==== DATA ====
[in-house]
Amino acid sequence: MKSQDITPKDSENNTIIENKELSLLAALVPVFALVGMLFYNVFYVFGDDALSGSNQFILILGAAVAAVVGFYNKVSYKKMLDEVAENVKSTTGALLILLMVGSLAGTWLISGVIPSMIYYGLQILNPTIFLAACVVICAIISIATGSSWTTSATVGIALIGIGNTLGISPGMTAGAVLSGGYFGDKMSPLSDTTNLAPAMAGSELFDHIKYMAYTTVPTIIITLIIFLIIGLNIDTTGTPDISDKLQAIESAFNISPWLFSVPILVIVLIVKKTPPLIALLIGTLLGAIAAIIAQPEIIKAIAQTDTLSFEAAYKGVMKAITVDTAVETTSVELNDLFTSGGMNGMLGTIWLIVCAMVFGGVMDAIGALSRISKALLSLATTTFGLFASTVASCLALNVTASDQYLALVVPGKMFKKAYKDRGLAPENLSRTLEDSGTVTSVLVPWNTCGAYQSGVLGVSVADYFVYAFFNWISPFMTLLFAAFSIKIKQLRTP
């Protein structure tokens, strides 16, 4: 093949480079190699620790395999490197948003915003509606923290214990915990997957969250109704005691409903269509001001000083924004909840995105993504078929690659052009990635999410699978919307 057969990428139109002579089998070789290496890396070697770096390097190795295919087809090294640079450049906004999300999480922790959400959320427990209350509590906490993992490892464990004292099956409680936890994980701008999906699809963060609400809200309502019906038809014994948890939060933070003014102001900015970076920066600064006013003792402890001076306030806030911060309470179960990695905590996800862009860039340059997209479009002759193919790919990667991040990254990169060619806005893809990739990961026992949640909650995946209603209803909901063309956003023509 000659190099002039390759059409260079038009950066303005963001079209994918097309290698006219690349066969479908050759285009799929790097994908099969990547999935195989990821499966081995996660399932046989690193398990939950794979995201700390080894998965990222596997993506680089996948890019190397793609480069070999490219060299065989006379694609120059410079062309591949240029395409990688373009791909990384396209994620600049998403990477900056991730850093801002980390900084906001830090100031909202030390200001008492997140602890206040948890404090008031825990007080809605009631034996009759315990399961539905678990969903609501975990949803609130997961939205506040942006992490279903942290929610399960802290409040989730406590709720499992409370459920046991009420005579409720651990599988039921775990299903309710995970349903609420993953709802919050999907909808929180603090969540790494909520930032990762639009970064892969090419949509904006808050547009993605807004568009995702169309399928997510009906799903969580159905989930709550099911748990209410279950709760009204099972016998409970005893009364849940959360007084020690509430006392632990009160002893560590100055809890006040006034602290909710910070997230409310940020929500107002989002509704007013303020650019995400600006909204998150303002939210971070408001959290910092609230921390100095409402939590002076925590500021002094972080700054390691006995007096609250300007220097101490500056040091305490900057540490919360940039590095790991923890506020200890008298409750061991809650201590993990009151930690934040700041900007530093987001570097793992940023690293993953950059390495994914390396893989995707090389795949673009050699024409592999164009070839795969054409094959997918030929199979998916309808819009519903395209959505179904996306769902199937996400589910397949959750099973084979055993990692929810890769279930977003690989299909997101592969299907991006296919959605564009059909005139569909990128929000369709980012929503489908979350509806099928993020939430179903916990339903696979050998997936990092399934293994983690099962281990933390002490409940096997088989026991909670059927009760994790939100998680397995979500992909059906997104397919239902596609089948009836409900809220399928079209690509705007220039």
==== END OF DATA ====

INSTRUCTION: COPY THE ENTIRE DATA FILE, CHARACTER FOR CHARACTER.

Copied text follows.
[in-house]
Amino acid sequence: MKSQDITPKDSENNTIIENKELSLLAALVPVFALVGMLFYNVFYVFGDDALSGSNQFILILGAAVAAVVGFYNKVSYKKMLDEVAENVKSTTGALLILLMVGSLAGTWLISGVIPSMIYYGLQILNPTIFLAACVVICAIISIATGSSWTTSATVGIALIGIGNTLGISPGMTAGAVLSGGYFGDKMSPLSDTTNLAPAMAGSELFDHIKYMAYTTVPTIIITLIIFLIIGLNIDTTGTPDISDKLQAIESAFNISPWLFSVPILVIVLIVKKTPPLIALLIGTLLGAIAAIIAQPEIIKAIAQTDTLSFEAAYKGVMKAITVDTAVETTSVELNDLFTSGGMNGMLGTIWLIVCAMVFGGVMDAIGALSRISKALLSLATTTFGLFASTVASCLALNVTASDQYLALVVPGKMFKKAYKDRGLAPENLSRTLEDSGTVTSVLVPWNTCGAYQSGVLGVSVADYFVYAFFNWISPFMTLLFAAFSIKIKQLRTP
């Protein structure tokens, strides 16, 4: 093949480079190699620790395999490197948003915003509606923290214990915990997957969250109704005691409903269509001001000083924004909840995105993504078929690659052009990635999410699978919307 057969990428139109002579089998070789290496890396070697770096390097190795295919087809090294640079450049906004999300999480922790959400959320427990209350509590906490993992490892464990004292099956409680936890994980701008999906699809963060609400809200309502019906038809014994948890939060933070003014102001900015970076920066600064006013003792402890001076306030806030911060309470179960990695905590996800862009860039340059997209479009002759193919790919990667991040990254990169060619806005893809990739990961026992949640909650995946209603209803909901063309956003023509 000659190099002039390759059409260079038009950066303005963001079209994918097309290698006219690349066969479908050759285009799929790097994908099969990547999935195989990821499966081995996660399932046989690193398990939950794979995201700390080894998965990222596997993506680089996948890019190397793609480069070999490219060299065989006379694609120059410079062309591949240029395409990688373009791909990384396209994620600049998403990477900056991730850093801002980390900084906001830090100031909202030390200001008492997140602890206040948890404090008031825990007080809605009631034996009759315990399961539905678990969903609501975990949803609130997961939205506040942006992490279903942290929610399960802290409040989730406590709720499992409370459920046991009420005579409720651990599988039921775990299903309710995970349903609420993953709802919050999907909808929180603090969540790494909520930032990762639009970064892969090419949509904006808050547009993605807004568009995702169309399928997510009906799903969580159905989930709550099911748990209410279950709760009204099972016998409970005893009364849940959360007084020690509430006392632990009160002893560590100055809890006040006034602290909710910070997230409310940020929500107002989002509704007013303020650019995400600006909204998150303002939210971070408001959290910092609230921390100095409402939590002076925590500021002094972080700054390691006995007096609250300007220097101490500056040091305490900057540490919360940039590095790991923890506020200890008298409750061991809650201590993990009151930690934040700041900007530093987001570097793992940023690293993953950059390495994914390396893989995707090389795949673009050699024409592999164009070839795969054409094959997918030929199979998916309808819009519903395209959505179904996306769902199937996400589910397949959750099973084979055993990692929810890769279930977003690989299909997101592969299907991006296919959605564009059909005139569909990128929000369709980012929503489908979350509806099928993020939430179903916990339903696979050998997936990092399934293994983690099962281990933390002490409940096997088989026991909670059927009760994790939100998680397995979500992909059906997104397919239902596609089948009836409900809220399928079209690509705007220039």